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Brown anole
Anolis sagrei sagrei (displaying).jpg
Male displaying dewlap
Conservation status

Secure (NatureServe)
Scientific classification
Genus:
Anolis
Species:
sagrei
Synonyms
  • Norops sagrei

The brown anole (Anolis sagrei), also known commonly as the Bahaman anole or De la Sagra's anole, is a species of lizard in the family Dactyloidae. The species is native to Cuba and the Bahamas. It has been widely introduced elsewhere, by being sold as a pet lizard, and is now found in Florida and as far north in the United States as southern Georgia, Texas, Louisiana, Mississippi, Alabama, Hawaii, and Southern California. It has also been introduced to other Caribbean islands and Taiwan in Asia.

This species is highly invasive. In its introduced range, it reaches exceptionally high population densities, is capable of expanding its range very quickly, and both outcompetes and consumes many species of native lizards. The brown anole's introduction into the United States in the early 1970s has altered the behavior and negatively affected populations of the native Carolina anole (Anolis carolinensis, also known as the green anole), which have since generally been relegated to the treetops.

Etymology

The specific name, sagrei, is in honor of Spanish botanist Ramón de la Sagra.

Description

The brown anole is normally a light brown color with darker brown to black markings on its back, and several tan to light color lines on its sides. Like other anoles, it can change color, in this case a darker brown to black. Its dewlap ranges from yellow to orange-red. The males can grow as large as their male Carolina anole counterparts, around 17.8–20.3 cm (7.0–8.0 in) long, with some individuals topping 22.9 cm (9.0 in). The females are also around the size of female Carolina anoles: 7.6–15 cm (3.0–5.9 in). The male brown anole's head is smaller than that of the male Carolina anole. Also, the brown anole's tail has a ridge that travels all the way up to behind the head, a feature that the Carolina anole lacks. Female brown anoles can be distinguished by a light brown stripe that runs over their back, a feature that males lack.

Life cycle

Brown anoles live on average 4–5 years in the wild but have been known to survive up to 8 years in captivity, though reaching this age is uncommon. They reach sexual maturity one year after hatching, and typically breed in the summer months (depending on the climate) from March-April to August-September. After breeding, the female will lay 1–2 eggs every 7–14 days, burying and then abandoning them. If viable, the eggs will hatch about seven weeks later, and the hatchlings that survive do so entirely on instinct.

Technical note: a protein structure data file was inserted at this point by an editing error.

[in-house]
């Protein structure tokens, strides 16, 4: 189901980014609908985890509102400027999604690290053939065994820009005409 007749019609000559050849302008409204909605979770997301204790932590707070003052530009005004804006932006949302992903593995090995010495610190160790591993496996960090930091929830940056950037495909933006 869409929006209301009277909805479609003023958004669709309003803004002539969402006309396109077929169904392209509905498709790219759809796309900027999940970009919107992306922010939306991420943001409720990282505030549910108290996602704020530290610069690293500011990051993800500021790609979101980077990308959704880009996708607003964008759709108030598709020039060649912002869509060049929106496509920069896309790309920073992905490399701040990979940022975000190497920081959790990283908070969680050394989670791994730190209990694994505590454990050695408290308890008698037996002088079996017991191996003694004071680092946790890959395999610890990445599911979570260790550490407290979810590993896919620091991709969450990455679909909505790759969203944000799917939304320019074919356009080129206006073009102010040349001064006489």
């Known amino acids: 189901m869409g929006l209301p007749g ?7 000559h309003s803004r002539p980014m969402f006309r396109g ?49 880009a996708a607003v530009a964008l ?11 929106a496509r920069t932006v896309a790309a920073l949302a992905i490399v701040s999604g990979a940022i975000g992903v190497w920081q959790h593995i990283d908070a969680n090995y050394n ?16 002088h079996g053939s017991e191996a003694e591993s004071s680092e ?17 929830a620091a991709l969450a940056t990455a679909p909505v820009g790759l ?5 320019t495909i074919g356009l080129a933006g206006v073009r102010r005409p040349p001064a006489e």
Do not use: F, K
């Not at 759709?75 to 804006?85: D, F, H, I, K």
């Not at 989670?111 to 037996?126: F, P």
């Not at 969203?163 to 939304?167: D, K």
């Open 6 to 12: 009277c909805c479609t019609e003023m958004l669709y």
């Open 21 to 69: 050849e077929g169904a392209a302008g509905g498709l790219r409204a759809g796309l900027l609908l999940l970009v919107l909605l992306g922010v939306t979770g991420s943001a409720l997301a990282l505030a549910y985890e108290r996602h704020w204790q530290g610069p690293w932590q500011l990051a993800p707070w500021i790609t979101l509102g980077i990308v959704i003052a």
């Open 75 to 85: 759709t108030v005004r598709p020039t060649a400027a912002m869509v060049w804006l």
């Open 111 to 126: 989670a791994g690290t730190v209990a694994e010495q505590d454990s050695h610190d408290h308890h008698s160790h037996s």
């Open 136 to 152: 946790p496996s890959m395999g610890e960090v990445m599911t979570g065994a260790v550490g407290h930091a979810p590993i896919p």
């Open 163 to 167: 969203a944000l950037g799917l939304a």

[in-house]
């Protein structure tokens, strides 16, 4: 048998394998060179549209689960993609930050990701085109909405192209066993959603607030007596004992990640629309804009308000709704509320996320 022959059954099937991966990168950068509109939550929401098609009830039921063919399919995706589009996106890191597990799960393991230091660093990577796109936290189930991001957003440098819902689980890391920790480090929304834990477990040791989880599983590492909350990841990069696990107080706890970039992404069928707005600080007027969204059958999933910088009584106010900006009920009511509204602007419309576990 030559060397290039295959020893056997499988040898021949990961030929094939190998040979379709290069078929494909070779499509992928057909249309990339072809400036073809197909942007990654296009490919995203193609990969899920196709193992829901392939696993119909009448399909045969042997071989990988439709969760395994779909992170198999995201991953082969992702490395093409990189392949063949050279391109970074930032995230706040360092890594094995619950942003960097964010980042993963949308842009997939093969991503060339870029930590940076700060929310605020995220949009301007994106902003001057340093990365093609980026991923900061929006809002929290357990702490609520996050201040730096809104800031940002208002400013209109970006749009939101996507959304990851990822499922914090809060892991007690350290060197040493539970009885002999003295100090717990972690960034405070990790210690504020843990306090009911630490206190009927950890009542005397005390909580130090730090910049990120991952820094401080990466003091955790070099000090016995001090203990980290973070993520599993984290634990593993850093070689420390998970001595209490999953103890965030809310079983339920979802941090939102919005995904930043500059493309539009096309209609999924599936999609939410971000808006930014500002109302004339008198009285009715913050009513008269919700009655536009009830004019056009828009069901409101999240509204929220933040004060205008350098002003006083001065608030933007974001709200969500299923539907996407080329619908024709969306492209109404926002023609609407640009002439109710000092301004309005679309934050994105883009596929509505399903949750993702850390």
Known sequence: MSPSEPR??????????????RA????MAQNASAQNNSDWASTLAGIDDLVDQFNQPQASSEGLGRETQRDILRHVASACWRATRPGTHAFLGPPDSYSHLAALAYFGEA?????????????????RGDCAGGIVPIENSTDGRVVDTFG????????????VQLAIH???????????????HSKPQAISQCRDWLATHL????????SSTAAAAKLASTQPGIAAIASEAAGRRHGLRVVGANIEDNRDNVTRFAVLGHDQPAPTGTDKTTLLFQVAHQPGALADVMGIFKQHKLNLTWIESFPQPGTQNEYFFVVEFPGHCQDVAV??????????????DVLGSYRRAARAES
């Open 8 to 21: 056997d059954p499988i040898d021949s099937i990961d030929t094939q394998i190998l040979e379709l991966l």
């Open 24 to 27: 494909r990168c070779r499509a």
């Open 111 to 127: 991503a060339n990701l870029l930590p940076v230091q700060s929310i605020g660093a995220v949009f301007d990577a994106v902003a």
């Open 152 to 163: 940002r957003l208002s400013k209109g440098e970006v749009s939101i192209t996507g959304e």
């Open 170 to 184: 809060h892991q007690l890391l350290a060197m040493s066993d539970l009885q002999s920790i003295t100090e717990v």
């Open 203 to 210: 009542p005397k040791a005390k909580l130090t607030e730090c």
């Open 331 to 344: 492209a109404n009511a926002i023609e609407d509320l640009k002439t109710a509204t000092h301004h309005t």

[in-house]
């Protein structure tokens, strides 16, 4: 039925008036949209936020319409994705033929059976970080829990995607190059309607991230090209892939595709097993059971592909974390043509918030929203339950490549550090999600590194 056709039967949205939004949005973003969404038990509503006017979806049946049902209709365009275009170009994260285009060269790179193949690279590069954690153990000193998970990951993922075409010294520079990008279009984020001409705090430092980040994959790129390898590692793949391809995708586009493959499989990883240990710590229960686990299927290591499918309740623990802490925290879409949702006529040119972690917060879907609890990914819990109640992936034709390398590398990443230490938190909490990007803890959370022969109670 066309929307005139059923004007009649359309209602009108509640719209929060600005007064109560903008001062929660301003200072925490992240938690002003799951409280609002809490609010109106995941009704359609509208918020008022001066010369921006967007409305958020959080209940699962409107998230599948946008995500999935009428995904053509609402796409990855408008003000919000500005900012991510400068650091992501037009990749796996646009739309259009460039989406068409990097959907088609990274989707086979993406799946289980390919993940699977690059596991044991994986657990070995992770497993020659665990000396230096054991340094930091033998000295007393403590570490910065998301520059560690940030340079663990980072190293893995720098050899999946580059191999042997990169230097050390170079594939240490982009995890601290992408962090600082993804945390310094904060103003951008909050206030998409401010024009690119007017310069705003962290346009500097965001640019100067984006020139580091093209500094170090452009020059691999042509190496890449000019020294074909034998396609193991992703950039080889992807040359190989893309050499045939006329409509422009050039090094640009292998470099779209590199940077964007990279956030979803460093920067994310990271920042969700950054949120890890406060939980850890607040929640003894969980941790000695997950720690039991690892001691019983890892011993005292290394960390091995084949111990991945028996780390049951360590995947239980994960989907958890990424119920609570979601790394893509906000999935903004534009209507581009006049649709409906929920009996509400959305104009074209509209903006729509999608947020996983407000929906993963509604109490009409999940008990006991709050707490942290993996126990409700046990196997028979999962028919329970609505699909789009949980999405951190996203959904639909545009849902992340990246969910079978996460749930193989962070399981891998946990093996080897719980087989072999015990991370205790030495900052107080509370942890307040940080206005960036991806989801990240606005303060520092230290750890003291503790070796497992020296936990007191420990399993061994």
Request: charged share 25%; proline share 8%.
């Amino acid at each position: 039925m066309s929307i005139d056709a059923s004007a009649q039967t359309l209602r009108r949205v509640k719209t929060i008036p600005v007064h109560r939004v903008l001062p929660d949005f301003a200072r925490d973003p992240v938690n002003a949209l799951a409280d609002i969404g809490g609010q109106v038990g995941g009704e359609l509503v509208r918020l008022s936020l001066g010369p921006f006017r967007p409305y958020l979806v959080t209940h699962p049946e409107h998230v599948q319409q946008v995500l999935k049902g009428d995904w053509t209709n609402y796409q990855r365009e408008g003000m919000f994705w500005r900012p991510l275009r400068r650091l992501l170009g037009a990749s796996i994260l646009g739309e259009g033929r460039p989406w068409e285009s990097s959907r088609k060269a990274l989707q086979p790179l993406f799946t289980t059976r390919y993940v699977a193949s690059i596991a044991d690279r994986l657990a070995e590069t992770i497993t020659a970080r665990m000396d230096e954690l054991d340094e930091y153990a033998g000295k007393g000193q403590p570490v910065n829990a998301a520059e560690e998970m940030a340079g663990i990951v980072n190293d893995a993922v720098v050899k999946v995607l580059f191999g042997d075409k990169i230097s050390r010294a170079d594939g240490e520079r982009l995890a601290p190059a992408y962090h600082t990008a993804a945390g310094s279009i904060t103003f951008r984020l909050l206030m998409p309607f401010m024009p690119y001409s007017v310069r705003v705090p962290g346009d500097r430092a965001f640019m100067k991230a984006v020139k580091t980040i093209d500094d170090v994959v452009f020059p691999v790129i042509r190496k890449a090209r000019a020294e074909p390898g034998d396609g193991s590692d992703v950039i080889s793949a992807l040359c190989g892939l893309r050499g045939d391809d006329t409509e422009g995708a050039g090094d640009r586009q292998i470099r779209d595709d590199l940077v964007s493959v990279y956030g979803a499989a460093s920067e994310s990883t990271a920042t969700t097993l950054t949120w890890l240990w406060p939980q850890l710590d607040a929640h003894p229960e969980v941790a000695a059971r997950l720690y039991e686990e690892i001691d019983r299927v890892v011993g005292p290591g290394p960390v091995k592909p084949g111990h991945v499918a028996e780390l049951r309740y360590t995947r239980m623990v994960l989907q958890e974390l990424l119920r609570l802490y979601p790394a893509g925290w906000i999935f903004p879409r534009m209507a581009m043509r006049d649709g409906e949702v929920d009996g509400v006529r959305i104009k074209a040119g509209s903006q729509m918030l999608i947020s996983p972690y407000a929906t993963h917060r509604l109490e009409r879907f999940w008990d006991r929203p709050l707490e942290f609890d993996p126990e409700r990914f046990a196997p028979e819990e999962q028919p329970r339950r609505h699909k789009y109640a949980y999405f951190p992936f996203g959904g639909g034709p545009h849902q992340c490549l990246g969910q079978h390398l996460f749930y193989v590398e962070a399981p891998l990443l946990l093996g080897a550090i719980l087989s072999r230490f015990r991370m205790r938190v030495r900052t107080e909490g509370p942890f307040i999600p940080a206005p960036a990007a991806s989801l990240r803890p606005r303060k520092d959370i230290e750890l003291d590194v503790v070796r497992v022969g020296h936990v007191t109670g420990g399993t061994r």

Shedding

Brown anoles molt in small pieces, unlike some other reptiles, which molt in one large piece. Anoles may consume the molted skin to replenish supplies of calcium. In captivity, the molted skin may stick to the anole if humidity is too low. The unshed layer of skin can build up around the eyes, preventing the lizard from feeding and may lead to starvation. This can be prevented by maintaining high humidity.

Diet

Brown anoles feed on small arthropods such as crickets, moths, ants, grasshoppers, cockroaches, mealworms, spiders, and waxworms. They may also eat other lizards, such as skinks and the Carolina anole, lizard eggs, and their own molted skin and detached tails. If near water, they eat aquatic arthropods or small fish – nearly anything that will fit in their mouths.

Brown anole
Brown anole in Rockport, Texas

Predation

As a defense mechanism, the brown anole can detach most of its tail when pursued or captured (autotomic). The piece that breaks off will continue to move, possibly distracting the predator and allowing the anole to escape. The lost tail will partially regrow. If provoked, the brown anole will bite, urinate, and defecate. Also some brown anoles may do a short hiss if caught, injured, or fighting. Predators include rats, snakes, birds and many larger animals such as cats.

Recent work in experimentally introduced populations in the Bahamas has shown that body size in the brown anole may not be affected by predation, as was previously thought.

Communication

Anoles use visual cues as their primary signaling mode.

  • Kolbe, J. J., Larson, A., & Losos, J. B. (2007). Differential admixture shapes morphological variation among invasive populations of the lizard Anolis sagrei. Molecular Ecology, 16(8), 1579–1591. doi: 10.1111/j.1365-294x.2006.03135.x
  • Hargrove, J. (2019, July 11). Cuban anoles at war with native Carolinians. Aprachicola & Carrabelle: The Times.
  • Iracheta, Michelle. "Researchers Ask for Help in Documenting Spread of Invasive Lizard." Houston Chronicle, 14 May 2018, www.chron.com/neighborhood/woodlands/news/article/Researchers-ask-for-help-in-documenting-spread-of-12913485.php.
  • Calsbeek, Ryan. "Sex‐specific adult dispersal and its selective consequences in the brown anole, Anolis sagrei." Journal of Animal Ecology, vol. 78, no. 3, 31 Mar. 2009.
  • Rachel M Moon, Ambika Kamath. "Re-examining escape behaviour and habitat use as correlates of dorsal pattern variation in female brown anole lizards, Anolis sagrei (Squamata: Dactyloidae)." Biological Journal of the Linnean Society, Volume 126, Issue 4, April 2019, Pages 783–795, https://doi.org/10.1093/biolinnean/blz006
  • Salzburg, Mark A. “Anolis Sagrei and Anolis Cristatellus in Southern Florida: A Case Study in Interspecific Competition.” Ecology, vol. 65, no. 1, 1 Feb. 1984, pp. 14–19., doi:10.2307/1939453.
  • Losos, J. B., Creer D. A., Glossip, D., Goellner, R., Hampton, A., Roberts G., Haskell, N., Taylor, P. & Jeff Ettling (2007). Evolutionary implicstions of phenotypic plasticity in the hind limb of the lizard Anolis sagrei. https://doi.org/10.1111/j.0014-3820.2000.tb00032.x
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